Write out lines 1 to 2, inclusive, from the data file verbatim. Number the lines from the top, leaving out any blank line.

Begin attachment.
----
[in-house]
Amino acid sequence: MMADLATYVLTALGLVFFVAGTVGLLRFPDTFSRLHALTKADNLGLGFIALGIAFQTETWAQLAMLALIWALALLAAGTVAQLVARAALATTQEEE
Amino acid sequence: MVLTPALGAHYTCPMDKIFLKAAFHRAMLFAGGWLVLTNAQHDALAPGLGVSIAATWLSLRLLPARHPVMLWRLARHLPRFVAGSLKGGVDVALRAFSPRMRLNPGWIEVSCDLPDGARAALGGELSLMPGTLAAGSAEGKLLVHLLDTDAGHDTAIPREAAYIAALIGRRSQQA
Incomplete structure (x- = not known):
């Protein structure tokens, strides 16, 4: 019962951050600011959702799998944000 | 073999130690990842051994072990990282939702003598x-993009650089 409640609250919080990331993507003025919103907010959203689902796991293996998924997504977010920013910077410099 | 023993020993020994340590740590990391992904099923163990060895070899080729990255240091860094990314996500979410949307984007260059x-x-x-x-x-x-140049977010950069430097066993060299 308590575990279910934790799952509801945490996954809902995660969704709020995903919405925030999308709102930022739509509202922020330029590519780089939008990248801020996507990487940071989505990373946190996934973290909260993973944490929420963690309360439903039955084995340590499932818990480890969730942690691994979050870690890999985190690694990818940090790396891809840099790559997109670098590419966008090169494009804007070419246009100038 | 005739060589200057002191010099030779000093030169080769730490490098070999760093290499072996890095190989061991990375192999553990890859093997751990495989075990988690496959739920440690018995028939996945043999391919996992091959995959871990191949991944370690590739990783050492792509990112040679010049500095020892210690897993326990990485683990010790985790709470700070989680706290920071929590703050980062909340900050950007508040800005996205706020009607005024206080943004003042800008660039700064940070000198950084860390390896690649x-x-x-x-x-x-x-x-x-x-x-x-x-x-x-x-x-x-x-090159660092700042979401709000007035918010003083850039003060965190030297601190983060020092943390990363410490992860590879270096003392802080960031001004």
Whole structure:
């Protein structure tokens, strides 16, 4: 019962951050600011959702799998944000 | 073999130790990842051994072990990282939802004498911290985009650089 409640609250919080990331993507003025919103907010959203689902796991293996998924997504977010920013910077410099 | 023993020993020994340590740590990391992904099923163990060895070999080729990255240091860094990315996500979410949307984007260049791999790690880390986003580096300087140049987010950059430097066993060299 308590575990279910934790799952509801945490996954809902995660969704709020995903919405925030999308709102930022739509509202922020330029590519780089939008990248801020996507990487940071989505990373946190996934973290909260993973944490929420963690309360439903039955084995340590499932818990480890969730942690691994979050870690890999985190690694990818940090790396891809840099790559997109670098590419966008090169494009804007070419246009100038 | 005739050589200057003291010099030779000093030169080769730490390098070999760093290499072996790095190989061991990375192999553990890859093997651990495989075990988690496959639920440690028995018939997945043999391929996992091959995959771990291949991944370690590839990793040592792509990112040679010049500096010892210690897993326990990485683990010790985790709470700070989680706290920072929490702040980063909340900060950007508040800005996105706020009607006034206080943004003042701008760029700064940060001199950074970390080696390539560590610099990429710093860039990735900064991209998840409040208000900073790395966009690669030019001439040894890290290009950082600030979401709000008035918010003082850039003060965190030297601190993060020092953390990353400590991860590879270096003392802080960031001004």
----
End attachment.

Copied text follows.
[in-house]
Amino acid sequence: MMADLATYVLTALGLVFFVAGTVGLLRFPDTFSRLHALTKADNLGLGFIALGIAFQTETWAQLAMLALIWALALLAAGTVAQLVARAALATTQEEE